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KENYA PORTS AUTHORITY

RECENTLY, KPA COMMISSIONED A SECOND CONTAINER TERMINAL WHICH WILL SUBSTANTIALLY INCREASE THE PORT OF MOMBASA’S CAPACITY.

AERIAL VIEW OF THE RECENTLY COMMISSIONED SECOND CONTAINER TERMINAL.

The Port of Mombasa is the largest port in East Africa and one of the five largest on the African continent, serving a hinterland which extends beyond Kenya to Uganda, Rwanda, Burundi, the Democratic Republic of the Congo, Tanzania, South Sudan, Somalia, and Ethiopia. The first jetty at Kilindini was built in Imperial British East Africa in 1896, and in 1978 the Kenya Ports Authority (KPA) was created, with responsibility for maintaining, operating, developing, and regulating Kenya’s sea ports. Today, over 33 shipping lines oper4 | SUSTAINABLE BUSINESS MAGAZINE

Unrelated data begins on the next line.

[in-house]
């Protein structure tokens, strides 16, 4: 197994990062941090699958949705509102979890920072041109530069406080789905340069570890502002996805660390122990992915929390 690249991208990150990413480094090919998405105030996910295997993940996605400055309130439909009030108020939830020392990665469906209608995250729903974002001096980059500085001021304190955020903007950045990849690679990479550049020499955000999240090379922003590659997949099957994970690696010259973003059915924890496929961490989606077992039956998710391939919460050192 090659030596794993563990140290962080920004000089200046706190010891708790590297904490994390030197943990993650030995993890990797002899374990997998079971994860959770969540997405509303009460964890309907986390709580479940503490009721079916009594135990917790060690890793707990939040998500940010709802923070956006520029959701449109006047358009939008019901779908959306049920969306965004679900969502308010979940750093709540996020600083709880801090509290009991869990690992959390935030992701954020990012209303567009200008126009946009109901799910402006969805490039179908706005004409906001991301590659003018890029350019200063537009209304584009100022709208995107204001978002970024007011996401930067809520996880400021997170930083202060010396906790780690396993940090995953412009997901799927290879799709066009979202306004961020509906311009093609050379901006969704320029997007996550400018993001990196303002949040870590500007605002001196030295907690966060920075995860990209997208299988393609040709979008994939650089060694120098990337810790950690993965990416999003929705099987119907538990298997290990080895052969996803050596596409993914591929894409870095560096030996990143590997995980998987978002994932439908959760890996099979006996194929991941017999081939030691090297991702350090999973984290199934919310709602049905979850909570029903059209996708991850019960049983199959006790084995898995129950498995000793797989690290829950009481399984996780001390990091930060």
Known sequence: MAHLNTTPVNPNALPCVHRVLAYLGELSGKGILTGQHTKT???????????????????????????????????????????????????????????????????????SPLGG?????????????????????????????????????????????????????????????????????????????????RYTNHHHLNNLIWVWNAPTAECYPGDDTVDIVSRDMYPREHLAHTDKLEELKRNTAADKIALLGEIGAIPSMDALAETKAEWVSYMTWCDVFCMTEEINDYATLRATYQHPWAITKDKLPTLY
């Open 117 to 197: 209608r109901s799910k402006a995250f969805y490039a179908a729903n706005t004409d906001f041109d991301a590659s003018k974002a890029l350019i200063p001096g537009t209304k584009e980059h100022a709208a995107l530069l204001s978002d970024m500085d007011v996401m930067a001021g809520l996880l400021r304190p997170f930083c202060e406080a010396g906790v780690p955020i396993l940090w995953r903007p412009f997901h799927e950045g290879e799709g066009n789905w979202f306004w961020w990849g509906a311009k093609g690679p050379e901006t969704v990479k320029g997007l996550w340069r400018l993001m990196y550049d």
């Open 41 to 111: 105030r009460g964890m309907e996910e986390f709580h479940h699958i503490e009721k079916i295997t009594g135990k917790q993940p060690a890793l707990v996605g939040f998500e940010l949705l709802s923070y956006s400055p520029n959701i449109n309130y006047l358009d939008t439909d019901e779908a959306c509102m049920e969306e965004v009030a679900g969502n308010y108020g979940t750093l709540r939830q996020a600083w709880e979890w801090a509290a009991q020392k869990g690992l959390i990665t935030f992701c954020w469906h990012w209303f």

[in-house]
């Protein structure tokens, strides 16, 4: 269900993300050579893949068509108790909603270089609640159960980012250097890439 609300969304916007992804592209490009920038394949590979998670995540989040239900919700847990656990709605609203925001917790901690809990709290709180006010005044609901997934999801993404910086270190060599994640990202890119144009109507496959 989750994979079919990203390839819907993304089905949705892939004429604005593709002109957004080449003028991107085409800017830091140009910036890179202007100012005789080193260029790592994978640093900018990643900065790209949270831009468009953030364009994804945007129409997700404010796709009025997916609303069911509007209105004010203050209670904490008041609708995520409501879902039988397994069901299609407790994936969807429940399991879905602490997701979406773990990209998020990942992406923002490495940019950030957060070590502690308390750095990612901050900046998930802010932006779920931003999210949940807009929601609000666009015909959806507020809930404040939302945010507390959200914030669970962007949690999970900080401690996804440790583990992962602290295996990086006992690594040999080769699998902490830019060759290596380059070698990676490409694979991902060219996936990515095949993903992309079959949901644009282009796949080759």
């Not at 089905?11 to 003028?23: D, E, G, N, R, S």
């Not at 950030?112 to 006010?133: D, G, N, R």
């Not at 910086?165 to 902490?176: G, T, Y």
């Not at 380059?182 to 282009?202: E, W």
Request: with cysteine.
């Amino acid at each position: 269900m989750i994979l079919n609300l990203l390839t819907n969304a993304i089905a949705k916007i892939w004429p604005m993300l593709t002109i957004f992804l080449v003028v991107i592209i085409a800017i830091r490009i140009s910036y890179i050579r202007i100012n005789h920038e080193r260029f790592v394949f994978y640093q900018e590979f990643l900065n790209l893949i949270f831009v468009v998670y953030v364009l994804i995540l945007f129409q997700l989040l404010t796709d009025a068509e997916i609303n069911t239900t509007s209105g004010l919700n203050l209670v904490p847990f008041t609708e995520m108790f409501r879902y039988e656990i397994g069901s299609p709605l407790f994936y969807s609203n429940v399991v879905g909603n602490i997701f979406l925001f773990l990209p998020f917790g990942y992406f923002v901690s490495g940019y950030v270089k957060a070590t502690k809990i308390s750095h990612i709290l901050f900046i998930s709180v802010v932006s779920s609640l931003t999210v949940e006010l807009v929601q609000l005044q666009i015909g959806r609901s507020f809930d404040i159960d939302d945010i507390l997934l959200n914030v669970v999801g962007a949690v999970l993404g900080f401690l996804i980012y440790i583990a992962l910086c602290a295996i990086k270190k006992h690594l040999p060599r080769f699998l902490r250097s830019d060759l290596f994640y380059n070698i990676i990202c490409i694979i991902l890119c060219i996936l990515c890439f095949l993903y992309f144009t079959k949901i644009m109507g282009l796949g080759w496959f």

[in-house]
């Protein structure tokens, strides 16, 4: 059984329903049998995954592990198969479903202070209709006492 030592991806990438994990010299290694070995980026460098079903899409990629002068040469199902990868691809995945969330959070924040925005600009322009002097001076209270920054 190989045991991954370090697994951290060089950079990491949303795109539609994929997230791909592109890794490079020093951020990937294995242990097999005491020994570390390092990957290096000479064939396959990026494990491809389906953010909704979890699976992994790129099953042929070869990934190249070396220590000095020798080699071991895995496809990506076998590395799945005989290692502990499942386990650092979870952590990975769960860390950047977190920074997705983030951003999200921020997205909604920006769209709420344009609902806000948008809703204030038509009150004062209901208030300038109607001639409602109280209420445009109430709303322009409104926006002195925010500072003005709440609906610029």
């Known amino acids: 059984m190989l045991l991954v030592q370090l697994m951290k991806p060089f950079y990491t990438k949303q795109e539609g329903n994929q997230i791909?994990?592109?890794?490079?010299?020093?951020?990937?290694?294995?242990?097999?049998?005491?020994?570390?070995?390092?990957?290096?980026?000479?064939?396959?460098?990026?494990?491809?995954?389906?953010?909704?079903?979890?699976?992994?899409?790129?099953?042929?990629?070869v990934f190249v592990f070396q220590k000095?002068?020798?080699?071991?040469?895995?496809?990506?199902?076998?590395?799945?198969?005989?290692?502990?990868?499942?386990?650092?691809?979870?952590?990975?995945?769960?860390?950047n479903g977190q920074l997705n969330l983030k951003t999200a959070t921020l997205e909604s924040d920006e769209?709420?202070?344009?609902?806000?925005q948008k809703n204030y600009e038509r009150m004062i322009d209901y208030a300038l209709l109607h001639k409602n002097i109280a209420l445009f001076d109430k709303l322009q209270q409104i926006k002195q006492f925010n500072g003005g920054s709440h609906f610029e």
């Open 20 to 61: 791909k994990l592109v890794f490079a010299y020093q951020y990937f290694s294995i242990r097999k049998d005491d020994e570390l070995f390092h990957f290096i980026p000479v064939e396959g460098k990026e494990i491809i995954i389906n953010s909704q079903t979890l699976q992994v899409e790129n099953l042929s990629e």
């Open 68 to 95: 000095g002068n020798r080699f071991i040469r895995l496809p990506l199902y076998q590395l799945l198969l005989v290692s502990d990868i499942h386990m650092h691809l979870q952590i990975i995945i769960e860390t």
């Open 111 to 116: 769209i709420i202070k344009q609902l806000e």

ate at the Port of Mombasa, and the port connects directly to over 80 other ports. In the last year, the port has handled over 1.1 million twenty-foot equivalent units (TEUs). The Port Authority’s work doesn’t end at the water’s edge. KPA also manages inland container depots in Nairobi, Eldoret, and Kisumu, as well as liaison offices in Kampala, Kigali, and Bujumbura. “We also work hand-in-hand with other key cargo interveners,” says Catherine Mturi-Wairi, Managing Director at KPA. “Those are bodies

like the Kenya Revenue Authority, the Kenya Railways, the Bureau of Standards, the National Police Service, and all the other key actors who play a role in ensuring that cargo passes through the ports safely and quickly. Our work requires a high degree of collaboration and co-ordination.” REGIONAL HUB Recently, KPA commissioned a second container terminal which will substantially increase the Port of Mombasa’s capacity. “Phase 1 has a capacity of 550,000 TEUs

Sustainable Business Magazine EMEA 02/16  

Sustainable Business Magazine EMEA 02/16

Sustainable Business Magazine EMEA 02/16  

Sustainable Business Magazine EMEA 02/16

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